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Witnesses recount ‘Duck,’ bus crash on Seattle’s Aurora Bridge

A charter bus filled with staff and students believed to be from a Seattle college was hit by a Ride the Ducks vehicle on the Aurora Bridge on Thursday. (KIRO Radio/Josh Kerns)

A witness said she was walking across the Aurora Bridge in Seattle just after a charter bus and a Ride the Ducks vehicle collided. She soon came upon a mess of jumbled metal and glass.

Related: 4 people killed, more than 50 injured in crash

Jahna Dyer, a registered nurse, said that some victims were sprawled out on the pavement while others milled about seemingly in shock and falling down.

KIRO Radio Reporter Josh Kerns heard similar reports from the scene.

“Seeing the shock on the faces of dozens of Chinese students when they came off the bridge after the crash is something I’ll never forget,” Kerns said. “You can tell they went through something horrendous. When I tried to talk to them, most of them couldn’t even speak, let alone respond at all.”

The charter bus was reportedly carrying international students and teachers from North Seattle Community College.

Authorities say four people were killed in the crash and more than 50 people were injured. Dyer said she stabilized the neck of an injured man and helped a woman who had a cut lip and glass in her eye.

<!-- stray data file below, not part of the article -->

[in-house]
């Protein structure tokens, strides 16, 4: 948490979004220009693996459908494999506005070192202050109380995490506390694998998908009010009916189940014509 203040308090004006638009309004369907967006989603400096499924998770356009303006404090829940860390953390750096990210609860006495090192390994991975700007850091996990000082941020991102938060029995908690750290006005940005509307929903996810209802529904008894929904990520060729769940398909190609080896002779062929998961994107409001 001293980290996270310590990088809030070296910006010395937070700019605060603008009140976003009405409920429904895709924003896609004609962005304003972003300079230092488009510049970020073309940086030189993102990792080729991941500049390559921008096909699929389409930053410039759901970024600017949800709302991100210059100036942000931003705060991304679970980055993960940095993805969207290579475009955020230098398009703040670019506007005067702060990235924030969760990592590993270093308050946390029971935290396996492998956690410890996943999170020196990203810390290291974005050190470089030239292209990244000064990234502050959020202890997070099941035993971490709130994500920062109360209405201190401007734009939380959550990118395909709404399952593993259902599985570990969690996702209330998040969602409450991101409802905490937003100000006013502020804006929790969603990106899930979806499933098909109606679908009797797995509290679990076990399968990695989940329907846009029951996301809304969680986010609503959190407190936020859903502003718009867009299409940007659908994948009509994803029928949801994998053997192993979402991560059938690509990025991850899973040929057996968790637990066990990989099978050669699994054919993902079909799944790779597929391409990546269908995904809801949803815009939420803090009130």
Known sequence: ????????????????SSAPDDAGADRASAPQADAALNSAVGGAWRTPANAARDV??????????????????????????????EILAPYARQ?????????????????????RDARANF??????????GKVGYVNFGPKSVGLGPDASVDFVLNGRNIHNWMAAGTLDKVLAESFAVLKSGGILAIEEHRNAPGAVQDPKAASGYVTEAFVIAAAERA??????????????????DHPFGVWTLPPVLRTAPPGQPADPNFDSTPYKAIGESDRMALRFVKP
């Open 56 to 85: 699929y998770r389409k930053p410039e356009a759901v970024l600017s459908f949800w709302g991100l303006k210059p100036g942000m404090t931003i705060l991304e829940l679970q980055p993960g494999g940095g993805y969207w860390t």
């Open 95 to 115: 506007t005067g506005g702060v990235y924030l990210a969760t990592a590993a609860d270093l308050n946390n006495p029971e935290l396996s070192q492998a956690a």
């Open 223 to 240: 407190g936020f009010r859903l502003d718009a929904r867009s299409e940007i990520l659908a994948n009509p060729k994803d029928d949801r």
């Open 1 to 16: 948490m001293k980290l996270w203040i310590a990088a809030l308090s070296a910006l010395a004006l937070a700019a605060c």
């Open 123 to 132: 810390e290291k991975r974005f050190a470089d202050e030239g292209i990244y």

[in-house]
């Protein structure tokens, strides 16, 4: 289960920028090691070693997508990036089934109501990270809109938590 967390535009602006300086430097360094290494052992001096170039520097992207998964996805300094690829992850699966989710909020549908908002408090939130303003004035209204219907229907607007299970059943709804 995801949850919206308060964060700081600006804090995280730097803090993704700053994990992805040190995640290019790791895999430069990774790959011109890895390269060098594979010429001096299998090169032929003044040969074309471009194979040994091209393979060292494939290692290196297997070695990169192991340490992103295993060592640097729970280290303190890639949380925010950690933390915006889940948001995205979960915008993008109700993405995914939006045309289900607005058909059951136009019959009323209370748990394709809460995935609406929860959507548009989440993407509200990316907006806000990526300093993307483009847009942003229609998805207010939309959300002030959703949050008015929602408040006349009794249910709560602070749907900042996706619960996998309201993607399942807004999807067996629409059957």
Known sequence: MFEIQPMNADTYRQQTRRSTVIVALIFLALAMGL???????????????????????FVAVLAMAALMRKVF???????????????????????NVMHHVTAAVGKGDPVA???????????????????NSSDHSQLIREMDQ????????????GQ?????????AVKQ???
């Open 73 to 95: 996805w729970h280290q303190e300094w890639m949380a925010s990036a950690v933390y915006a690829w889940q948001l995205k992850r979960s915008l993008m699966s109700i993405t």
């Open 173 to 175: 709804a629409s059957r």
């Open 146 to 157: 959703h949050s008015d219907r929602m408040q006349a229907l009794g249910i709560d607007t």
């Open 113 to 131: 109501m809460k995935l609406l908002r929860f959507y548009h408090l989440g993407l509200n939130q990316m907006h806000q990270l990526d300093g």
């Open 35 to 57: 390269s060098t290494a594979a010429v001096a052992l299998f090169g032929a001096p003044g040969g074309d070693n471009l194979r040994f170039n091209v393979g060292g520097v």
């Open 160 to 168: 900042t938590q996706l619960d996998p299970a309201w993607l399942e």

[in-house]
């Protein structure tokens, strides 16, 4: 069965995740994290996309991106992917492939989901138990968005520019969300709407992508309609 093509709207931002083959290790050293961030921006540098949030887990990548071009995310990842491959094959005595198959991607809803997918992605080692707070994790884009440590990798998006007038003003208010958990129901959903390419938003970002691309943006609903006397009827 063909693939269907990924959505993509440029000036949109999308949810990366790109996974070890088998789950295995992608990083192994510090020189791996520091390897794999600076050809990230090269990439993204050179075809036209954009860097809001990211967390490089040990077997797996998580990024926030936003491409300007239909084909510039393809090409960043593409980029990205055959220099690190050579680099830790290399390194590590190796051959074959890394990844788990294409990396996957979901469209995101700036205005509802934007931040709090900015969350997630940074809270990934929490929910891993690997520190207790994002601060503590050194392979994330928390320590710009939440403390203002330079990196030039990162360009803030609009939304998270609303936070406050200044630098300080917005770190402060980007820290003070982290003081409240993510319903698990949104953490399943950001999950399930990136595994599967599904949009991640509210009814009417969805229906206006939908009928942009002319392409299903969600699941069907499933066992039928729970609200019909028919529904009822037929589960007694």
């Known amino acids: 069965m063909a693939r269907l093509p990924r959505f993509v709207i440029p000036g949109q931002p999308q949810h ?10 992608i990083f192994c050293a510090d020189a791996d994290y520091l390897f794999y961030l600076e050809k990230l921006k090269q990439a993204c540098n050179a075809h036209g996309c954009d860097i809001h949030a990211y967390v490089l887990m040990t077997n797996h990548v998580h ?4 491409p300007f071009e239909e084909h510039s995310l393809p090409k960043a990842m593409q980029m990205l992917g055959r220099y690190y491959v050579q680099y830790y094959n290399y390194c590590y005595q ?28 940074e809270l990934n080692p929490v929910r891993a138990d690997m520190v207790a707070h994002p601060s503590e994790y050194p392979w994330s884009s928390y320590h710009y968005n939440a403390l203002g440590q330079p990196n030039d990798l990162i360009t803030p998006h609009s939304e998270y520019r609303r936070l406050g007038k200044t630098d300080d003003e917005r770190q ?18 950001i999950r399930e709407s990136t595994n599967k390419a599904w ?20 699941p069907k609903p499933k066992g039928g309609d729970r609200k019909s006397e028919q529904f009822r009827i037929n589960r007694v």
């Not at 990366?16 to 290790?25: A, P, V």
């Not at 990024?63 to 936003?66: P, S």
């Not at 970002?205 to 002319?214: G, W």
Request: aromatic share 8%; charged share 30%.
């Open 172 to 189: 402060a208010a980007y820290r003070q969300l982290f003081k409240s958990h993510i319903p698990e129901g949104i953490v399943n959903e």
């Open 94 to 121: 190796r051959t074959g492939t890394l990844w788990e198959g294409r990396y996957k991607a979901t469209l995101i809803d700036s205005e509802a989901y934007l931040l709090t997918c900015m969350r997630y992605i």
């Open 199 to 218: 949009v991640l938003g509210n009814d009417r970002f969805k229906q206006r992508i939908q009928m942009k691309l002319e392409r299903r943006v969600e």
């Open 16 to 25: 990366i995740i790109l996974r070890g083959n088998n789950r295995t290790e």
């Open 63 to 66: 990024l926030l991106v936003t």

Another witness, John Mundell said he was at the south end of the bridge when he heard a screech and the twisting of metal and soon saw what appeared to be a few dozen people on the ground.

Mundell said he wanted to help the injured, but “felt helpless.”

Kerns spoke with one driver who was directly behind the Duck vehicle when the crash happened.

“They suddenly saw the Duck boat swerve violently and slam into the side of that tour bus,” Kerns said. “As they slowly drove past &#8212 what she thought first was a blowout &#8212 she saw a big piece of the front steering column there. So perhaps it was a mechanical malfunction of some kind.”

Kerns said that the scene will not be cleared for hours, cutting off a major arterial in Seattle.

“The steady stream of ambulances has finally stopped and they seem to be slowly moving from that rescue scene, to something more stabilized for an investigation,” Kerns said. “The bridge is going to be closed all day long into the evening, and maybe overnight.”

The Associated Press contributed to this report.

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